The Physics Behind Different Types Of Cranes

tower cranes on a construction site

Lots of tower cranes build large residential buildings - Construction site

A crane is a complex piece of machinery that takes knowledge and experience to operate safely. There are multiple different types of cranes, each specialised for different scenarios and environments. With each unique crane, there are physics that apply to them that will apply to all types of cranes but in slightly different ways depending on the type of crane.

Counter Weights on Crawler cranes

A crawler crane is a type of mobile crane that is typically used in heavy construction and engineering projects. They are typically used to lift heavy loads and to move them around a construction site.

One of the most distinctive features of a crawler crane is its counterweights. These are typically large blocks of concrete or metal that are attached to the back of the crane. The counterweights help to balance the crane and to keep it stable when it is lifting heavy loads.

The physics behind the counterweights is relatively simple. The counterweights are used to offset the weight of the load that the crane is lifting. The heavier the load, the more counterweight is required.

The counterweights also help to keep the crane from tipping over. When the crane is lifting a heavy load, the counterweights help to distribute the weight evenly. This prevents the crane from tipping over and ensures that the load is lifted safely.

Overall, the counterweights are an essential part of the crane. Without them, the crane would be unable to lift heavy loads safely. The counterweights help to make the crane stable and to prevent it from tipping over.

Outrigger pads on All-terrain cranes

When an all-terrain crane is in use, its outrigger pads are placed on the ground to provide support and stability. The physics behind this is based on the principle of moments.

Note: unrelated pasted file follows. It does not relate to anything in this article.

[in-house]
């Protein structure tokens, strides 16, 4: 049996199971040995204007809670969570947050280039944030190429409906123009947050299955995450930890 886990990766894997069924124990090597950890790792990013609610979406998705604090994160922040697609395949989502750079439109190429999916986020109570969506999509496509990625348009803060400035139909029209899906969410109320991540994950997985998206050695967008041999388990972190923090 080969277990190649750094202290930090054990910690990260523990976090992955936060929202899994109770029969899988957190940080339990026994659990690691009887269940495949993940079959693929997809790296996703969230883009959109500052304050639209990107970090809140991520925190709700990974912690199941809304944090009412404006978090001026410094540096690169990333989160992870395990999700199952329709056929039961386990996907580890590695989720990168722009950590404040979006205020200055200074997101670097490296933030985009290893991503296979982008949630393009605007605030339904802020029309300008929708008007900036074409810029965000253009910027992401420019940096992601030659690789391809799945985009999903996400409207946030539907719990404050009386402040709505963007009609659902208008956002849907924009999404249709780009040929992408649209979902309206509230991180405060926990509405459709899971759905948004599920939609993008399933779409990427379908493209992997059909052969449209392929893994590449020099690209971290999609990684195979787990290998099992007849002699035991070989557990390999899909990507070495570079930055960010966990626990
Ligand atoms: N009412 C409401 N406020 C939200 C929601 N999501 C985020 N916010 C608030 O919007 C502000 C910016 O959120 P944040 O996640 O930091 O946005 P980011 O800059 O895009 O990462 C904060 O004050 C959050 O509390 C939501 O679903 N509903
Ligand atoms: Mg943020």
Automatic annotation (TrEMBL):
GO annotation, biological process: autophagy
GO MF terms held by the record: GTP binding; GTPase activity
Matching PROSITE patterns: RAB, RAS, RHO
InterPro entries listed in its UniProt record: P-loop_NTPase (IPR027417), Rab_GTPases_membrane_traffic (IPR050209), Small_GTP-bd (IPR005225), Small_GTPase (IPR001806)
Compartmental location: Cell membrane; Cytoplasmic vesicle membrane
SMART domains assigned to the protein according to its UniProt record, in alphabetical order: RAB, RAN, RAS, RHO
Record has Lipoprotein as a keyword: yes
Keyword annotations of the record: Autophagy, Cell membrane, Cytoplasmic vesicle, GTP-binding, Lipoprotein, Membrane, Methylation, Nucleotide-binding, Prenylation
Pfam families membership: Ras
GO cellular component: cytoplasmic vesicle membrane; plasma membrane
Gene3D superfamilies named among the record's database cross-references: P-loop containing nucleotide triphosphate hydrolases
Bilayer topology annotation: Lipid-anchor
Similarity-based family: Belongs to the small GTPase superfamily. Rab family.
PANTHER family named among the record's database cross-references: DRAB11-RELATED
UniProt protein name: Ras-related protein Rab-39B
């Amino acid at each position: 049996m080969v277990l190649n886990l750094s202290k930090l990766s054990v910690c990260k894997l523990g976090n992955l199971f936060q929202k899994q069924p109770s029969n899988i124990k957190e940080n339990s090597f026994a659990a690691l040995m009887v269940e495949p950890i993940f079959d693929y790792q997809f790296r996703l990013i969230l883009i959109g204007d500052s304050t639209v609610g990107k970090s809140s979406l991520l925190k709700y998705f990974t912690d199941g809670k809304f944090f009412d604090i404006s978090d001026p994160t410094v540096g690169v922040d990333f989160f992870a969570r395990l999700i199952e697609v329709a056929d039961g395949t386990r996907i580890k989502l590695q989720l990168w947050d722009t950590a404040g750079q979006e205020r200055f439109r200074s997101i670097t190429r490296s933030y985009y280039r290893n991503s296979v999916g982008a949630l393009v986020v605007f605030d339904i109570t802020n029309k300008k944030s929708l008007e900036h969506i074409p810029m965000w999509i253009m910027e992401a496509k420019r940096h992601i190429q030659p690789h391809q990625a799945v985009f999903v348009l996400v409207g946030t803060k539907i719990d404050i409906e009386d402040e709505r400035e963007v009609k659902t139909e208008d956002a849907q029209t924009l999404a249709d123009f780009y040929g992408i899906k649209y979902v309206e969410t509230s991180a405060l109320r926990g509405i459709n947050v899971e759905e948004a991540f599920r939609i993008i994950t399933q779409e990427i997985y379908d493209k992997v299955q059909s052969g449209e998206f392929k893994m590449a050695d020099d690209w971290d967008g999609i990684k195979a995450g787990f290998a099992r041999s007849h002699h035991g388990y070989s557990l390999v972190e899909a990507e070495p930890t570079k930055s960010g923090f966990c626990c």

An outrigger pad is a large, flat pad that is placed under the crane’s outrigger feet. The outrigger feet are the four feet that are located at the corners of the crane’s base. The outrigger pads are usually made of steel or concrete.

When the crane is in use, the outrigger pads are placed on the ground. The weight of the crane is then transferred to the outrigger pads. The outrigger pads distribute the weight of the crane evenly on the ground. This prevents the crane from tipping over.

The size of the outrigger pads is important. If the outrigger pads are too small, the crane will not be stable. If the outrigger pads are too big, the crane will be difficult to move.

The physics behind outrigger pads are based on the principle of moments. The principle of moments states that the sum of the moments about a point must be zero for the object to be in equilibrium.

In this case, the point is the centre of gravity of the crane. The weight of the crane creates a moment about the centre of gravity. This moment is counteracted by the moments created by the outrigger pads.

The outrigger pads must create a moment that is equal in magnitude but opposite in direction, to the moment created by the weight of the crane. This will ensure that the crane is in equilibrium and will not tip over.

Wind effect on Tower cranes

The pressure of wind is more important than its speed when it comes to the forces it exerts on a tower crane’s load. Wind pressure increases drastically as wind speed does; for example, when the wind speed doubles, the wind pressure quadruples. 

As such, even small increases in wind speed can cause severe threats to the safe performance of a tower crane, particularly in the lower atmosphere where wind speed increases as height increases.

When a tower crane is not in use, the crane must be angled correctly into the wind. This safety pre caution ensures that the crane is streamlined and wind can pass over the crane more smoothly than if the crane was angled side on to the wind. 


These are just some of the physics behind different types of cranes and how these construction machines aid in developing the modern world. Cranes are complex pieces of machinery and take special knowledge and skills to operate them safely and effectively.